By Jack Spencer
By Jeff Gage
By Rob van Alstyne
By Jeff Gage
By Youa Vang
By Dave King
By Rob van Alstyne
By CP Staff
Back to Our Regularly Scheduled Commercials
BACK WHEN MTV first channeled the emergent trickle of new wave into garish streams of pastel pastiche, rock purists griped that music videos were no better than mere "commercials." Ironically, the more intricately videos were arted up by film-school renegades, the more like commercials they began to appear. And as the synergy between the two media intensifies, so does the formal impact video directors wield over feature filmmaking, a trend that disturbs foes of both monopoly capital and accelerating jump cuts.
Yet east St. Paul native Michael Bodnarchek is more bullish about the fusion. "If you can tell a story in three or four minutes," Bodnarchek insists, relaxing in his Saint Paul Hotel room on vacation, "that's an incredible test of your talents." Of course, he would say so. Bodnarchek is a third of the triumvirate running the production company A Band Apart, which fits its exclusive stable of hotshot directors to high-profile video and commercial projects. Along with producer Lawrence Bender and some guy named Quentin Tarantino, Bodnarchek has scored commercial and video contracts with both the hip and the profitable, including unlikely ad guys Steve Buscemi and John Woo, among many others. A Band Apart has also capitalized on two inauspicious trends: blanded-out Latino electrodance and nuevo teenybop. Videos for Ricky Martin (you know what song) and Britney Spears top his company's résumé, which includes 21 nominations for this year's MTV Video Music Awards, airing on Thursday, August 9.
Meanwhile, Minneapolis's own Harder Fuller, who merged with A Band Apart last summer, hope to follow the larger company from videos into the feature-film world. And Bodnarchek's frequent visits back home have uncovered a secret producers on both coasts have overlooked: the sizable bastion of local advertising firms, whom Bodnarchek is hiring a Twin Cities rep to work with. "There are so many agencies here, I think it's important that we have someone targeting them--no pun intended." (Keith Harris)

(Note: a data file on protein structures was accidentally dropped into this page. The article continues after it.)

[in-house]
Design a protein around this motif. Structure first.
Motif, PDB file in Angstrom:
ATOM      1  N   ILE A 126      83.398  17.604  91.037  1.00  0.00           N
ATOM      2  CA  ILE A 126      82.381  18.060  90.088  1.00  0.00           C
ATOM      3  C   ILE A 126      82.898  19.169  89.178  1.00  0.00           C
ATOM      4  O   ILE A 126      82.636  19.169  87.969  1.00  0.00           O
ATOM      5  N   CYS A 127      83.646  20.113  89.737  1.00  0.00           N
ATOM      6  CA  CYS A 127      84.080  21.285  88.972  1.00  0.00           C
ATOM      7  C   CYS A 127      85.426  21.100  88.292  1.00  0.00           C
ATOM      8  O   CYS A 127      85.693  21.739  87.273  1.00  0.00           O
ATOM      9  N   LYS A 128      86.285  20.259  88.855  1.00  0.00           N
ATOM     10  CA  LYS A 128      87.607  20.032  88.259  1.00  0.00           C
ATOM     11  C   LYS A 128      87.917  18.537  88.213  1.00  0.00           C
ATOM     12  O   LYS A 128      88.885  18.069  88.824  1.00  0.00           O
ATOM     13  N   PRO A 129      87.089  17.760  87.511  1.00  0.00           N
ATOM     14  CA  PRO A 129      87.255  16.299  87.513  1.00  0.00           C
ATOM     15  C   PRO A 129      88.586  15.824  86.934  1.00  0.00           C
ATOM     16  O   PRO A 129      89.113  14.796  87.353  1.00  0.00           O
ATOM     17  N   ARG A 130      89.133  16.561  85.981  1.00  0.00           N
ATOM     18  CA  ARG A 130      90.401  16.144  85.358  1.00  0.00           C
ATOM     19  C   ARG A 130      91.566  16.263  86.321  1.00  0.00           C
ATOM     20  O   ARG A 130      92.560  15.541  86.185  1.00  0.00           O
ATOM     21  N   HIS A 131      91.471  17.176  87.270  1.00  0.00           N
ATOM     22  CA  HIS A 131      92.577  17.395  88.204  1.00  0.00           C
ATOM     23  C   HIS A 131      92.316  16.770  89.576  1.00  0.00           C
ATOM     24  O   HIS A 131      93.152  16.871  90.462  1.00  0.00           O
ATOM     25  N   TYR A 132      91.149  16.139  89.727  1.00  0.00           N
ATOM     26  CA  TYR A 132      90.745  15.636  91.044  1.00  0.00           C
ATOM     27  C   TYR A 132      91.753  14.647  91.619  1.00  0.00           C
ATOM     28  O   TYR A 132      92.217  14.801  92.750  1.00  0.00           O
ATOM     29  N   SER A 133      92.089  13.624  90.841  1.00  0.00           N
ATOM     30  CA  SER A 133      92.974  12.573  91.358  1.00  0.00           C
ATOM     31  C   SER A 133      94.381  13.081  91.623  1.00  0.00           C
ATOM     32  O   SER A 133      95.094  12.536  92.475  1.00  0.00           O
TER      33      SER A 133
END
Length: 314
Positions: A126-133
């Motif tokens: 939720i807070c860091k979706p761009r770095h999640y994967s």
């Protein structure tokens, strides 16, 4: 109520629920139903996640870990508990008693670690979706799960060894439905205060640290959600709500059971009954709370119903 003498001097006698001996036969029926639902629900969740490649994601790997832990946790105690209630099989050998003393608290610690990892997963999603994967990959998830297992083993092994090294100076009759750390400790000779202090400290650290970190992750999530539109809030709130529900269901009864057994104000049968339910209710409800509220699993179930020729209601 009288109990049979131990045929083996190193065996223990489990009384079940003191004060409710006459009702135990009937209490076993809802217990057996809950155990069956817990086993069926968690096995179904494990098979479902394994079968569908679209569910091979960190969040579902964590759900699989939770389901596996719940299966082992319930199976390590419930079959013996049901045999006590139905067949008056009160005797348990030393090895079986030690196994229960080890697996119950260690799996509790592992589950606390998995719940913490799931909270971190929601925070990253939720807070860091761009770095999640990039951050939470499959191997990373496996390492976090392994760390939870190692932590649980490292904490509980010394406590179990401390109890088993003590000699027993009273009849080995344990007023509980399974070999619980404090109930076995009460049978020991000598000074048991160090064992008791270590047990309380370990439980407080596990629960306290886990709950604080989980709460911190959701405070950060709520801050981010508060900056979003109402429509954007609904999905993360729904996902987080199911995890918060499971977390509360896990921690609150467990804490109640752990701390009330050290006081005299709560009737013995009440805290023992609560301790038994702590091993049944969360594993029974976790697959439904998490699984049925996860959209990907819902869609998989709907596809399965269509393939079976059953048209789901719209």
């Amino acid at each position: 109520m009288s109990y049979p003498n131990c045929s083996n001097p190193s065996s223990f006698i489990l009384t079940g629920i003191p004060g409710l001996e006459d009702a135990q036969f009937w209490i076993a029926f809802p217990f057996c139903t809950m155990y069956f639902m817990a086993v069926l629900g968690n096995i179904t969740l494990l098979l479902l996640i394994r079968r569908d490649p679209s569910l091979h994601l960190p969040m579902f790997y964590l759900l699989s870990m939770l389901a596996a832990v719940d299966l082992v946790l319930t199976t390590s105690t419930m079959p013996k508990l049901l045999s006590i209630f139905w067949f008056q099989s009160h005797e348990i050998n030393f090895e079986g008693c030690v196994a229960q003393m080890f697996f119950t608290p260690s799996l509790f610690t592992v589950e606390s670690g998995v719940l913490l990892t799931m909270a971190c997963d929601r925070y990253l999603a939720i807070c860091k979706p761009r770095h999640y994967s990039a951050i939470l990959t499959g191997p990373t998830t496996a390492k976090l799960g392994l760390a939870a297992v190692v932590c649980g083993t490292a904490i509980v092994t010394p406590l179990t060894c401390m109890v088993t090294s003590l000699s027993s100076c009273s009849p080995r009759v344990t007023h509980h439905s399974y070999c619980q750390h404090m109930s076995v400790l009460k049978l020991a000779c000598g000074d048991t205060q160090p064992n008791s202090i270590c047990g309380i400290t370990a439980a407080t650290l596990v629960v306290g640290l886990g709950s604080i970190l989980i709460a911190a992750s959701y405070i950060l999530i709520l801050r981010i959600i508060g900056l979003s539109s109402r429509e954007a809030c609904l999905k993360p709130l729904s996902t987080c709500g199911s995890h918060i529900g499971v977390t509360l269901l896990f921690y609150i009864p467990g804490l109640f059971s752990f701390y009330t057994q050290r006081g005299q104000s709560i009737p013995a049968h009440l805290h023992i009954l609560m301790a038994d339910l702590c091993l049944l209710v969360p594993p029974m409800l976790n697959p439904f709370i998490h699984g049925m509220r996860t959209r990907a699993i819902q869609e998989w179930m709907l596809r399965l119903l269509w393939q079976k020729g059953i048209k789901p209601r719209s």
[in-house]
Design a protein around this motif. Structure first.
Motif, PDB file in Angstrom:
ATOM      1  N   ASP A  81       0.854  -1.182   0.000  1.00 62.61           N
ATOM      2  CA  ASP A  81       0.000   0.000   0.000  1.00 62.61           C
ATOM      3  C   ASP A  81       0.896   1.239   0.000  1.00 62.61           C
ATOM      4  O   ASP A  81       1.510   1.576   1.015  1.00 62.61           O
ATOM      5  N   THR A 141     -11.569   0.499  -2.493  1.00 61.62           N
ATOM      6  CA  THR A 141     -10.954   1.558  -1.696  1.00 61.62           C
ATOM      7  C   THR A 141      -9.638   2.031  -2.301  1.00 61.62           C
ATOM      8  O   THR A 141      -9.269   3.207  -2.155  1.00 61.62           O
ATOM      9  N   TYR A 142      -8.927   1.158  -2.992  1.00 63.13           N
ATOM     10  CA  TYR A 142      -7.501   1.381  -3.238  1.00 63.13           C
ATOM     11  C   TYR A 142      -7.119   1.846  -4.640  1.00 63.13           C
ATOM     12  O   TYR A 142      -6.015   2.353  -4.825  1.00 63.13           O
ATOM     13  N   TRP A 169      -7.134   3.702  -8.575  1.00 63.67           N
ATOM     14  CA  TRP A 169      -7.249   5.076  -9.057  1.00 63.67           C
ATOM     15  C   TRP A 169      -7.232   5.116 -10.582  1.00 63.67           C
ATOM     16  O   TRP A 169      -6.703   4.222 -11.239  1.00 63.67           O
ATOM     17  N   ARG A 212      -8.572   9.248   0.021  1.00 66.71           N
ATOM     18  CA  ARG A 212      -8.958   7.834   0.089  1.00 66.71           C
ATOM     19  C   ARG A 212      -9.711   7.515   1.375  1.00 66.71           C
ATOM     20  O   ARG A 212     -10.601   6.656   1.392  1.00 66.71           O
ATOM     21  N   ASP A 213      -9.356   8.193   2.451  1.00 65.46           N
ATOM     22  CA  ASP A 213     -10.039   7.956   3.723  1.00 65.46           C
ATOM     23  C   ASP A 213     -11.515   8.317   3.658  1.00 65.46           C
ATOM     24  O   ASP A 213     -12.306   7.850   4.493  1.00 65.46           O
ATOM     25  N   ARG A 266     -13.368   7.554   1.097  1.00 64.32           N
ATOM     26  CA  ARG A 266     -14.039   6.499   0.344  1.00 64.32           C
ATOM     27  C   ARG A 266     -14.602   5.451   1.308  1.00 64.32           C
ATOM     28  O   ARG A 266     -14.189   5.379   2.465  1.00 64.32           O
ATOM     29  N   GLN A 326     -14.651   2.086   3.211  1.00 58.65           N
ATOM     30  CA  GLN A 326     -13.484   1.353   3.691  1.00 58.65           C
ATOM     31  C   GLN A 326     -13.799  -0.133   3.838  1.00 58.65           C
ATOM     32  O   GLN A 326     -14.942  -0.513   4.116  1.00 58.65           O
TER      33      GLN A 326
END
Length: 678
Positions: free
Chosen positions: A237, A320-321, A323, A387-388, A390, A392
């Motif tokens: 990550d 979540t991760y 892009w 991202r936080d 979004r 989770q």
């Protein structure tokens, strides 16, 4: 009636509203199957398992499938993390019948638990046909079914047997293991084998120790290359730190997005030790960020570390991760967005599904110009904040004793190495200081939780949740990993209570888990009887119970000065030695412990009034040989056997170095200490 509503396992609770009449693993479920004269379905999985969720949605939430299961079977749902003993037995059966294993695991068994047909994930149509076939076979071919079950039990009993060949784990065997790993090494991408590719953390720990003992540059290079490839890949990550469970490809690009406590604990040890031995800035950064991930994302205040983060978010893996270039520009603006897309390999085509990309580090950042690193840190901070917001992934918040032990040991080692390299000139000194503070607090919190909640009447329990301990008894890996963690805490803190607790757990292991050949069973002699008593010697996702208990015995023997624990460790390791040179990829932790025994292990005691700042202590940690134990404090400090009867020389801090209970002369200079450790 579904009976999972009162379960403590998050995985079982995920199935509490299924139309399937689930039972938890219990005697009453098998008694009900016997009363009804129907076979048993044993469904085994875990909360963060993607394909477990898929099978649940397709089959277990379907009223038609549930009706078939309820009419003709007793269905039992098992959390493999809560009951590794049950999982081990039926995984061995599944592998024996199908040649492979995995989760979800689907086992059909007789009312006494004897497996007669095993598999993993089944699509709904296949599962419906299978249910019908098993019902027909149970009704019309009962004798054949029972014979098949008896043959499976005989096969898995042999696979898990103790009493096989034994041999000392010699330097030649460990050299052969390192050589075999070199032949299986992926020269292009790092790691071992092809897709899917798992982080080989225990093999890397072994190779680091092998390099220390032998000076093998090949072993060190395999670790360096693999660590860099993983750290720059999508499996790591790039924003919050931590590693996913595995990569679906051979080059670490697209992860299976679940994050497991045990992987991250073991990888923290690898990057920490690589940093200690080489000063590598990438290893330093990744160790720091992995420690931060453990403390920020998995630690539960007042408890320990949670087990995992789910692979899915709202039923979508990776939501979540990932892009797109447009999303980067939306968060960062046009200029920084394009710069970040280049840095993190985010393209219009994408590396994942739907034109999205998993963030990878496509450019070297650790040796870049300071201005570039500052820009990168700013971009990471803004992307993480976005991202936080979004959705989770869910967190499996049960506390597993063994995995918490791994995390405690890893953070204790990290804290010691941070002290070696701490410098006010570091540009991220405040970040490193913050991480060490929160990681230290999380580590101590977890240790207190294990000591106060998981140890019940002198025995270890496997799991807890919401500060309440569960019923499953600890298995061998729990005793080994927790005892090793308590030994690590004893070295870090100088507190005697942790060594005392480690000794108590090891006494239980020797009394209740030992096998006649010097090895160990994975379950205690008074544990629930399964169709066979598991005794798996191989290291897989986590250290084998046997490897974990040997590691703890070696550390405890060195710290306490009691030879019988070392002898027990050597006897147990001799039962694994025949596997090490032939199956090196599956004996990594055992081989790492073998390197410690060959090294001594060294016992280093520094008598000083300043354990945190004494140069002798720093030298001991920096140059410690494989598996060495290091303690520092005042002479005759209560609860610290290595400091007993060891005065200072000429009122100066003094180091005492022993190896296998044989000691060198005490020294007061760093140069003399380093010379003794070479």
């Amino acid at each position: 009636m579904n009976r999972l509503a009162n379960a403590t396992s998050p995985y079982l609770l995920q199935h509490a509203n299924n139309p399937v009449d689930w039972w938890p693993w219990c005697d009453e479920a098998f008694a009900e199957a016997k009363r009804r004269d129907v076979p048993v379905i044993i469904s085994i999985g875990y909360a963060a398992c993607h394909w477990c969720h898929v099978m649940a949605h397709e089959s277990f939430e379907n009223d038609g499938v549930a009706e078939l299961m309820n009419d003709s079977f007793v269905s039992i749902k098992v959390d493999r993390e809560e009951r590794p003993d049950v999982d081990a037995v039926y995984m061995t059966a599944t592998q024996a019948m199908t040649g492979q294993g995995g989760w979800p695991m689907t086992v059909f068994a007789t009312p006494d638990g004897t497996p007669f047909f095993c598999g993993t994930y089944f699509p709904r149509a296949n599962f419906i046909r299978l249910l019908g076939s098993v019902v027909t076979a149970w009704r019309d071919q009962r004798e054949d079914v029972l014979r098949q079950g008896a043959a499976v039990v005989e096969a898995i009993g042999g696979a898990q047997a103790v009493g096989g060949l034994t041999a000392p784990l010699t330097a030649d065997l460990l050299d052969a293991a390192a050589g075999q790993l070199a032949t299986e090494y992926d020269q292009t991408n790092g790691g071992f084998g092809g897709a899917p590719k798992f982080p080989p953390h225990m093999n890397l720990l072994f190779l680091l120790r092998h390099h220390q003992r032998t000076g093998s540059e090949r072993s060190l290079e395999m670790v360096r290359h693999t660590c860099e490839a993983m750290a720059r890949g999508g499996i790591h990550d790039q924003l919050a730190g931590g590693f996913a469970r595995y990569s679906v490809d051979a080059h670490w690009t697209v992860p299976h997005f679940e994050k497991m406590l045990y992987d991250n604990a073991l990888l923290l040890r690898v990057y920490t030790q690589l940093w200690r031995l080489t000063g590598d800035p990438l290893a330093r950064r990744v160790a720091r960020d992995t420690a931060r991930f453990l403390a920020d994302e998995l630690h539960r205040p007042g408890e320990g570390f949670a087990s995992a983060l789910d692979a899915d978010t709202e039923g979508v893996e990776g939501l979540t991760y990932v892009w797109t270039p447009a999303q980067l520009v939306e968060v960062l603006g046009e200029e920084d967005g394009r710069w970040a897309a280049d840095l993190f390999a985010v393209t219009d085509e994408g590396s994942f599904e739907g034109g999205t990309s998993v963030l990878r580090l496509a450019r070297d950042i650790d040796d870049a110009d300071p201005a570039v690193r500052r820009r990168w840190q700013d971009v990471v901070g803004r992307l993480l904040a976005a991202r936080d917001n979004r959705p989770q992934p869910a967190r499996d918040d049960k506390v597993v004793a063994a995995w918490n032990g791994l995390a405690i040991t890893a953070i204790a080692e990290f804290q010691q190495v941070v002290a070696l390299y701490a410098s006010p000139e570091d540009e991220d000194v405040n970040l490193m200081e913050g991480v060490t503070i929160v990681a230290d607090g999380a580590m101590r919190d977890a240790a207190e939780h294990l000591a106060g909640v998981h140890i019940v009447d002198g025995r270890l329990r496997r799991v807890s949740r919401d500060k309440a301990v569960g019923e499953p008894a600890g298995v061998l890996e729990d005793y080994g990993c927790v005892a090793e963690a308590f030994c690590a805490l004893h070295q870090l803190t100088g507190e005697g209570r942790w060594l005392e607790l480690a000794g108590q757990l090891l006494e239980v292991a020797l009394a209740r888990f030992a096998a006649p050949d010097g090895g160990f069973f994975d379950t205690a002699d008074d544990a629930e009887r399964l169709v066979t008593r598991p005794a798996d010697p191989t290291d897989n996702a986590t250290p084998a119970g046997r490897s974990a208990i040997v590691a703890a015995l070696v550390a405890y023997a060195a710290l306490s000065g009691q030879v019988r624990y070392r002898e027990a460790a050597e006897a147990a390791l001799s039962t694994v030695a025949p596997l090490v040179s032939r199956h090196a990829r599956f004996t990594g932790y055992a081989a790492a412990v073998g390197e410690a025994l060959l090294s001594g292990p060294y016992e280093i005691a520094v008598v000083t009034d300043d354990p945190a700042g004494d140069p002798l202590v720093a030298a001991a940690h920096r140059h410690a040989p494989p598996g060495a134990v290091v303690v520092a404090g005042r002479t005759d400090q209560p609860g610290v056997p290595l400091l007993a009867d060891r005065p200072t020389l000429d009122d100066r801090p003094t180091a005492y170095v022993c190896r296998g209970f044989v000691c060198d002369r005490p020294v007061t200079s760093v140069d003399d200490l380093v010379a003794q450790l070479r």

We Gotta Get Out of This Place
WHILE SOME MEDIA move into town, clicking cameras and open microphones continue to drain local talent to the coasts, as if from a watershed. Soon, the City of Quartz will be luring away longtime local music fixture Willie Wisely of mod-poppers the Conquerors and the Willie Wisely Trio. Although the singer-performance artist will keep his local residence and continue touring with the Conquerors, he says he wants to try his hand composing for the theater in Los Angeles while dabbling in film soundtracks.
"I can't seem to draw like Matt Wilson, and I don't want to make commercial music like Chan Poling," says Wisely, referring to the ex-Suburb's recently launched advertising music house. "I don't want to sing for jingles like Kristin Mooney or Wendy Lewis. I would love to play in the Entry with Mark Mallman's band--he doesn't know this--but I'm a young 34 so it's now or never as far as making a new start."
Before hopping the plane, Wisely might want to check out two gigs this week. Current L.A. resident and beloved former Farm Accident frontwoman Barb Cohen returns home to perform a benefit for the homeless at Lee's on Friday, September 10. Or Willie could lend Mallman a hand during the latter's performance of a 26-hour song the same night (and the next) at the Turf Club. Mallman says he's been writing the ditty, titled "Marathon," for the past year, and he'll sing 312 pages of lyrics with 27 backup musicians, presumably working in shifts. Skeptics take note: He'll keep playing during the bar's closed hours, broadcasting live on the Web at www.mallman.com (what else). (Peter S. Scholtes)
Shock to the System
AFTER A FUN, if somewhat glum, all-day final concert, St. Paul's premier all-ages music venue closed for good on August 29. It was the coffee, not the shock that did in the Coffee Shock, says booker Steve Pedro, who organized the 17-band farewell, headlined by house favorites Arch Stanton. "The bands were pretty much the only thing bringing people in," Pedro explains. "Daytime business has been dead during weekdays."
Though the Shock was launched as a couch-and-coffee stopover for Christian bands, Pedro has booked increasingly diverse and national acts in recent months, including punk folkie Damien Jurado last month. Still, any music enterprise run on sheer spirit for years (the place has employed all volunteers since last summer) seems bound for resurrection in some form. (Scholtes)